Mark Coleman

First Sunday


Bette Tatum:
Taking care
of business

The Lingle endorsement

Have a conversation with Bette Tatum and you'll understand why she has been one of Hawaii's most effective business lobbyists for more than 20 years. Brimming with friendliness and charm, she is well-known and well-liked by legislators at the Capitol, where she has long lobbied for a better business environment on behalf of Hawaii's approximately 5,000 members of the National Federation of Independent Business.

Moreover, with the recent election of Republican Linda Lingle as governor, it appears her years of hard work may have finally helped achieve a breakthrough, since Lingle campaigned on a reform platform. Tatum, a self-described strong fiscal conservative, said she shuns party labels, though she did run as a Democrat for the state House in 1980, in the Aiea-Pearl City district. She placed third in a crowded primary, but it was still a win for her, since her campaign caught the eye of the NFIB and she became its Hawaii state director in 1981.

Originally from Iowa, Tatum moved to Hawaii in 1965 with her husband, Lon, then serving in the U.S. Air Force, and their two sons. She initially taught business courses at Hickam Air Force Base before going into business for herself.

She also is a former neighborhood board chairwoman, state tax review commissioner, KITV-4 show host and producer, and member of numerous state committees. She said she learned the value of a good business climate and keeping the faith from her mother, a Methodist lay minister who owned a small business.

As president of Tatum Enterprises, her major client is NFIB. She also lobbies for the Hawaii Society of CPAs and several mainland clients. Making a point about Hawaii's difficult business climate, Tatum noted she is the only NFIB state director in the nation who has to pay a general excise tax on her NFIB fees.

Bette Tatum, an advocate for Hawaii's small businesses for 20 years, talks story in her photo-filled home office in Foster Village.

Reaction to the election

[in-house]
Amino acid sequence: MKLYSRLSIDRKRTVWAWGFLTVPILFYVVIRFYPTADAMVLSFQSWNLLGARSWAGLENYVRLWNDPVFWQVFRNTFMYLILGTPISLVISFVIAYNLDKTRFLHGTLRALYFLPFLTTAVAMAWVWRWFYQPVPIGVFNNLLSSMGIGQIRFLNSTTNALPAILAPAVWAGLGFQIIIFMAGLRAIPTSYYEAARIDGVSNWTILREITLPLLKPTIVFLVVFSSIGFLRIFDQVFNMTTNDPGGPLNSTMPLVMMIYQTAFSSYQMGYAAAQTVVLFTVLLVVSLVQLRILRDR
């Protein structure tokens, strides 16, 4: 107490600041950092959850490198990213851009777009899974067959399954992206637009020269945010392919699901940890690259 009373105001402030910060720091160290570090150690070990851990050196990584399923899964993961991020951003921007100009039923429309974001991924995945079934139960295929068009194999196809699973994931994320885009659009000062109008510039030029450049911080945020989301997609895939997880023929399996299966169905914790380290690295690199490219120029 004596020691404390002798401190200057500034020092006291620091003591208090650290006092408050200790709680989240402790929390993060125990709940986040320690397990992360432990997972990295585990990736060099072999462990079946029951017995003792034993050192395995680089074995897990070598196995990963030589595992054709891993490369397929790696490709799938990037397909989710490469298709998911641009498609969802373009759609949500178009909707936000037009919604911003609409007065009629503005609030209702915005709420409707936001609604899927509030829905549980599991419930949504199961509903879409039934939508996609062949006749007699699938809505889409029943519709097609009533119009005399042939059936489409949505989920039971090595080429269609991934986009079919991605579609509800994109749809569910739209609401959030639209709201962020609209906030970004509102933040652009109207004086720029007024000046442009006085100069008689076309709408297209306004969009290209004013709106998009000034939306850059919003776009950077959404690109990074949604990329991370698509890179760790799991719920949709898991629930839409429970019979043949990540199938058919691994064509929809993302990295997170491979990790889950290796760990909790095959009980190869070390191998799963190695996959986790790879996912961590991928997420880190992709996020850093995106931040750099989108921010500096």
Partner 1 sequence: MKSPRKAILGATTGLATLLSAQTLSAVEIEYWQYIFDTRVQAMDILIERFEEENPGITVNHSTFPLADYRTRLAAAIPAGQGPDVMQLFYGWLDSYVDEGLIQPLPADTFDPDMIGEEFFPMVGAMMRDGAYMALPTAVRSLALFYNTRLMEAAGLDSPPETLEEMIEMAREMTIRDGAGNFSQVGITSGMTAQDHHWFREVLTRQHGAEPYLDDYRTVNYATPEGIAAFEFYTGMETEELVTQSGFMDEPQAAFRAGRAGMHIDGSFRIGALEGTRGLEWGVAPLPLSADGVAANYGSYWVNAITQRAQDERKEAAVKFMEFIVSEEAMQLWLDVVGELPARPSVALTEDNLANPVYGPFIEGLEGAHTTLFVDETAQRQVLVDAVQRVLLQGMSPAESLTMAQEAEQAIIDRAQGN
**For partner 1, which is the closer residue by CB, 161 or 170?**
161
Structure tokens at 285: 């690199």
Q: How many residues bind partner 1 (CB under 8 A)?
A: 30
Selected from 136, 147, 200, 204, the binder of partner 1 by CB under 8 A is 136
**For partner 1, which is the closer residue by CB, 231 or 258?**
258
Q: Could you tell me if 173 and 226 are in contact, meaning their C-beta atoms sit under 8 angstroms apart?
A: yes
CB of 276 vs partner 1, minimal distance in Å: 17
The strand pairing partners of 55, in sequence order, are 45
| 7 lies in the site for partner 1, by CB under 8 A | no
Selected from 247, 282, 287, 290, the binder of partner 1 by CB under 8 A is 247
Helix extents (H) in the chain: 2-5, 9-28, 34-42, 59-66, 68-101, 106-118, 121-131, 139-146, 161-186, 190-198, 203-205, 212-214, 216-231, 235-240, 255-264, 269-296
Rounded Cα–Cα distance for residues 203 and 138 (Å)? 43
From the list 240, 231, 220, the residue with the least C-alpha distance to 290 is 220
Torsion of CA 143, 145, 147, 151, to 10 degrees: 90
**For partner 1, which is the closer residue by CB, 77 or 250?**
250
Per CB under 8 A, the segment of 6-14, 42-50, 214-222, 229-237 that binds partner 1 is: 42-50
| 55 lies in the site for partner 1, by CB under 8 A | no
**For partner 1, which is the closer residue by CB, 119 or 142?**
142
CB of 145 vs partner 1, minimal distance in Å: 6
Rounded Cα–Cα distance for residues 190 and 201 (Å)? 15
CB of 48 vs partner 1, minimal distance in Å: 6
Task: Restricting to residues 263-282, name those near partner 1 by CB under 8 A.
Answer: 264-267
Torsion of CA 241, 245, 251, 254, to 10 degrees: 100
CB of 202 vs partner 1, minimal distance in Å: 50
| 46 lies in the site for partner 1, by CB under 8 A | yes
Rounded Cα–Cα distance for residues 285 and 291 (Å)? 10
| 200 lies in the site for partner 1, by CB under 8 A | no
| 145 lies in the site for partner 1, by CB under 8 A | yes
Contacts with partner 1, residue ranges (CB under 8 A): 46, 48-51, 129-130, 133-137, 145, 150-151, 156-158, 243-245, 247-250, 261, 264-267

Mark Coleman: I wanted to talk to you because of the recent "regime change" in Hawaii that so many in the business community seem to be applauding, including you. You said something like ...

Bette Tatum: I think I used the word "ecstatic." (Laughter)

MC: Ecstatic, that's right. You said you thought you'd never see the day. And, of course, soon after Linda Lingle got elected governor, she proclaimed that Hawaii now is "open for business."

BT: "Open for business." I love it.

MC: Is that really true, though, just yet anyway?

BT: It's early. But what I see and what I hear (from small-business owners) is the difference in their attitude. They think there's hope. And when you're running a business and you think there's hope out there, you're not going to throw in the towel. That is the biggest change I've seen so far.

Defining the problem

"I don't know anybody who works longer hours, gets paid less, than the small-business owner -- that is, the working person, man and woman." Bette Tatum, Hawaii state director of the National Federation of Independent Business.

MC: Exactly what is so bad about the economy here?

BT: Taxes. I mean, the last administration can say they had the biggest tax cut in history, but that was the only one they ever had.

MC: What else?

BT: We're the only state in the nation that has a general excise tax. Tourists coming here say, "Gee, that's a low sales tax," but that's not a sales tax. It's a tax that pyramids at every level. For years, tax experts have said that Hawaii's 4 percent general excise tax really pyramids to between 12 and 16 percent. If you were to put a sales tax out there at 12 to 16 percent, the people in this state would be marching! This, to me, is a way to hide the taxes.

MC: What about other taxes?

BT: Reducing or eliminating the corporate tax would send a message to the world that Hawaii cares about business. I'm told the corporate tax doesn't bring in that much money anyway.

MC: What else is bad about Hawaii's economy?

BT: Regulation overkill. In 1995, there was a White House Conference on Small Business. Each state delegation was to bring up what it felt was one of the worst things in trying to do business, and our 16-member delegation chose regulations. We talked about the issue at the conference and the 2,000 or so delegates at the national conference voted that a top priority. After we came back, we organized the Hawaii Congress on Small Business. To make a long story short, we worked very hard for several years with the Legislature to get what we call the Hawaii Small Business Regulatory Flexibility Act, the first in the nation, I believe, modeled after the federal law.

MC: What does it provide for?

BT: It gives small business a big voice in what rules are coming out. It has a review board, made up of small-business people statewide, who get to look at all the proposed rules and regulations that will affect small business.